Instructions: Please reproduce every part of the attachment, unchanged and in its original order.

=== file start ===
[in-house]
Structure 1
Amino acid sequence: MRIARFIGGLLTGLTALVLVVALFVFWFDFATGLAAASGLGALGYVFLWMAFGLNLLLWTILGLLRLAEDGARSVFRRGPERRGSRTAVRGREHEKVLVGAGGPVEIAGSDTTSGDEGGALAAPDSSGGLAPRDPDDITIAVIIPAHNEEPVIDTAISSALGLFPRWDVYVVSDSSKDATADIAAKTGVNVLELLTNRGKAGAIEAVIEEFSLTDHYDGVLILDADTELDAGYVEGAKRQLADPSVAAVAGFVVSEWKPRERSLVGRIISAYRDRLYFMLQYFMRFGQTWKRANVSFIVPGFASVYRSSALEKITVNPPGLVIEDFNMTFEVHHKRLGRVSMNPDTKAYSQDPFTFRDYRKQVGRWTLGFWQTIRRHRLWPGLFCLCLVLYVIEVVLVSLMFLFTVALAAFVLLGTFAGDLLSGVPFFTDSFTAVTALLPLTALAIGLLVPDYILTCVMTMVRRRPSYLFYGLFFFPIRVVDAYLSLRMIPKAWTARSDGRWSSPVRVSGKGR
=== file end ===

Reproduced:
[in-house]
Structure 1
Amino acid sequence: MRIARFIGGLLTGLTALVLVVALFVFWFDFATGLAAASGLGALGYVFLWMAFGLNLLLWTILGLLRLAEDGARSVFRRGPERRGSRTAVRGREHEKVLVGAGGPVEIAGSDTTSGDEGGALAAPDSSGGLAPRDPDDITIAVIIPAHNEEPVIDTAISSALGLFPRWDVYVVSDSSKDATADIAAKTGVNVLELLTNRGKAGAIEAVIEEFSLTDHYDGVLILDADTELDAGYVEGAKRQLADPSVAAVAGFVVSEWKPRERSLVGRIISAYRDRLYFMLQYFMRFGQTWKRANVSFIVPGFASVYRSSALEKITVNPPGLVIEDFNMTFEVHHKRLGRVSMNPDTKAYSQDPFTFRDYRKQVGRWTLGFWQTIRRHRLWPGLFCLCLVLYVIEVVLVSLMFLFTVALAAFVLLGTFAGDLLSGVPFFTDSFTAVTALLPLTALAIGLLVPDYILTCVMTMVRRRPSYLFYGLFFFPIRVVDAYLSLRMIPKAWTARSDGRWSSPVRVSGKGR